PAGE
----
This piece may be the clearest example of what “(re)Visions of Art History” is all about.  It isn’t meant to be beautiful. It’s meant to be clear. I grew up in the world of art and art  history. In many ways, we all do to a certain extent. We live in a very visual world. Art doesn’t merely reflect the world—it also shapes it. We look at V-J Day in Times Square and think romance. We see an assault and tell ourselves it is romance. It is an advertisement. Beauty and genius artistry may be the first thing one might think when seeing Abduction of a Sabine Woman. It is what we’re taught to see first. We’re taught blindness to violence against women. We’re trained to paint it over with beauty. This is not beauty. It is not romance. It is propaganda. Once I started to see these messages that sit so clearly on the surface of artwork, I could not stay quiet. It feels like seeing a building on fire. I feel like I’m waving my arms and screaming and trying to alert others who are walking straight in. It feels obvious once you notice. It feels alarming and giant and terrifying. But for the sake of those around you, the best thing to do is point and scream when others walk away quietly.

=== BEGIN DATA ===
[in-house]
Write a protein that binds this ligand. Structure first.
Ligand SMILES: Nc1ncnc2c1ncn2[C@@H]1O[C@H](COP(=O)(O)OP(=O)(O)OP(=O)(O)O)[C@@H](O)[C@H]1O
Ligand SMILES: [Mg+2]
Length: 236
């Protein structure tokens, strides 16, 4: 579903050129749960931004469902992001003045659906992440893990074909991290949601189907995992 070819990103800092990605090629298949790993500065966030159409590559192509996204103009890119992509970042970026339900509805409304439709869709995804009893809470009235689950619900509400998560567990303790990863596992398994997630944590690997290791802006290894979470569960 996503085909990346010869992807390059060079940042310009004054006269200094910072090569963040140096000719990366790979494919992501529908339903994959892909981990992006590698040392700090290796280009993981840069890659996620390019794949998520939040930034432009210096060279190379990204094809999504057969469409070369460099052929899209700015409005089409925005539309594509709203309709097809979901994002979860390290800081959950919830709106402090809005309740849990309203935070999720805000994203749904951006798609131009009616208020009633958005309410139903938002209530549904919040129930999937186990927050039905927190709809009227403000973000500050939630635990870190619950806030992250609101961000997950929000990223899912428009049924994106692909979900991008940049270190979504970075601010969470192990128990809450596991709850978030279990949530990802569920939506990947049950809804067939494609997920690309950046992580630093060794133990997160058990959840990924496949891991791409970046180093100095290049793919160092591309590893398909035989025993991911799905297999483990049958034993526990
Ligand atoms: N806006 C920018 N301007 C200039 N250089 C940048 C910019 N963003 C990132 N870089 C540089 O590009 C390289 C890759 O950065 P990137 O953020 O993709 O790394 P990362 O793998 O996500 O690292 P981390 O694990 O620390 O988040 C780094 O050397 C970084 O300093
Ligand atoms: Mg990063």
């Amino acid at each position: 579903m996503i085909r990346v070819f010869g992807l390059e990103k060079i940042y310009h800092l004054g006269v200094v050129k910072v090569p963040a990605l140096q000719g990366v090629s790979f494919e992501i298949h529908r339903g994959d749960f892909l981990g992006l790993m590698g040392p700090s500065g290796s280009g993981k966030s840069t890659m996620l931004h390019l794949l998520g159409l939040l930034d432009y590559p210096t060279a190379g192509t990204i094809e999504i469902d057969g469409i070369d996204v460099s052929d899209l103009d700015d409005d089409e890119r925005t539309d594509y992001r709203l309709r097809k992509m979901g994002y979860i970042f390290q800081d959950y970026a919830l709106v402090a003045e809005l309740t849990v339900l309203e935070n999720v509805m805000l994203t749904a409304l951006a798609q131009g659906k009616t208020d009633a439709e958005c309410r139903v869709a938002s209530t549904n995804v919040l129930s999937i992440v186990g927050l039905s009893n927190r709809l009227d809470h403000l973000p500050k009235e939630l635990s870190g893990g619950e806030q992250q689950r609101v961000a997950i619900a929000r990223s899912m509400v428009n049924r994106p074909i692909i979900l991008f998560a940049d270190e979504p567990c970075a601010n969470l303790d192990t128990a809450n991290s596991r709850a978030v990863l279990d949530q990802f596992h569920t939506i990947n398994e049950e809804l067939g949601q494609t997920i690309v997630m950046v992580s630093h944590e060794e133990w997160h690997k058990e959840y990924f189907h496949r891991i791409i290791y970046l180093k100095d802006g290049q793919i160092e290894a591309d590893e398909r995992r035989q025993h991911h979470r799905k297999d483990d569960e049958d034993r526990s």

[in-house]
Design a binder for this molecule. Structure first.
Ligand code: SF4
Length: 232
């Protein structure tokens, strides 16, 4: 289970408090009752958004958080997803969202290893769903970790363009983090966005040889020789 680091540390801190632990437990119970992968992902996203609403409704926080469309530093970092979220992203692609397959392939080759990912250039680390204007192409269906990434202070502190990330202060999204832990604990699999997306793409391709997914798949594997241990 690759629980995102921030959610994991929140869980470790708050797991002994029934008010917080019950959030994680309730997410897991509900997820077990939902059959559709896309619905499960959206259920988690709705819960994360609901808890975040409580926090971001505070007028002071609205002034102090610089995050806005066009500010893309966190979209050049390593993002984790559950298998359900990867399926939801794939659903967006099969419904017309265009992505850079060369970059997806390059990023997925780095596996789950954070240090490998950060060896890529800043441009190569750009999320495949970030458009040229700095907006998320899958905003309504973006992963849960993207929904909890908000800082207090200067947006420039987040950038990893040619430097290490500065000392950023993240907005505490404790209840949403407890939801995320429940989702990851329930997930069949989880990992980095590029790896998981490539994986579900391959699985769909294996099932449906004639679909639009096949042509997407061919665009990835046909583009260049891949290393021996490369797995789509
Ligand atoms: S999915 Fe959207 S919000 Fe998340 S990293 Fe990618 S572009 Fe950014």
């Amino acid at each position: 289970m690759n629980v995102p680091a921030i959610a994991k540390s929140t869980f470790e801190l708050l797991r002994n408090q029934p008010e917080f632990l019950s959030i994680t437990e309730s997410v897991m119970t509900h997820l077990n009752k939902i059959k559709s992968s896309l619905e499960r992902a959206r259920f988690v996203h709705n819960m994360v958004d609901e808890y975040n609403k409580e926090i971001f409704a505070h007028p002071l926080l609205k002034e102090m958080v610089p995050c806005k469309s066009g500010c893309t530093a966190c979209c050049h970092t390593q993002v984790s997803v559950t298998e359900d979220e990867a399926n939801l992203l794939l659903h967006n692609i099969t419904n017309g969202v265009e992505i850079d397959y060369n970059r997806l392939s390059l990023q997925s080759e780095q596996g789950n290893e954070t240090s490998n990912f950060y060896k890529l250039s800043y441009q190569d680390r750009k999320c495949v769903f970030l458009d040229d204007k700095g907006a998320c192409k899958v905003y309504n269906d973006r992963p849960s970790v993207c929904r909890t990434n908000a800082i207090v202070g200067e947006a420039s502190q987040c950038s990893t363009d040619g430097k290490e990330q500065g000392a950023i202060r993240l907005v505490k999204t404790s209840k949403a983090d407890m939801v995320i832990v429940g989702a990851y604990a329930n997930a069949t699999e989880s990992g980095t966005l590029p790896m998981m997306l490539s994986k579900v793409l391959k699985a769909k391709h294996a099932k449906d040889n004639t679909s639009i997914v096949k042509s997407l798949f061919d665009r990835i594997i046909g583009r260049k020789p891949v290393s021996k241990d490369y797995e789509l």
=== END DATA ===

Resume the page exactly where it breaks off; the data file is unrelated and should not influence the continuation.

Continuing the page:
Citations:  

— CBS News. “Greta Friedman, believed to be woman kissed in Iconic V-J Day PHOTO, dead at 92.”  September 11, 2016. 
— Dr. Shannon Pritchard, “Giambologna, Abduction of a Sabine Woman,” in Smarthistory,  September 8, 2016. 
— Patricia Redmond, “Interview Transcript: Greta Zimmer Friedman: Veterans History Project  (Library of Congress)” in American Memory, August 23, 2005.







Bee C Kagelmayer | they / them | nonbinary


I am a multimedia artist focusing primarily in collage, mixed media, and photography. My work centers around the complex creation of identity. All of my work is approached from a historical and environmental perspective. I consider my “(re)Visions of Art History” series to be the greatest presentation of what I strive to be as both an artist and as a person. Like me, its goal is to present the full truth of art history: the good and the evil. My method of creating artwork mirrors my method of academic research. In May of 2020, I received my BA after double-majoring in Art History and Museum Studies with a minor in 2D Studio Arts. After graduating, I began working as a freelance artist, curator, and arts consultant under the name “Preposterous Bee.” I now call Wilmington, Delaware my home after living my whole life in Indiana. As I eagerly begin this new chapter of my life, I do so aiming to educate, fight for, and comfort others. My favorite body of water is the St. Joseph River; it is important to note that the river’s original and true name given to it by the Miami people is the Sakiwäsipi.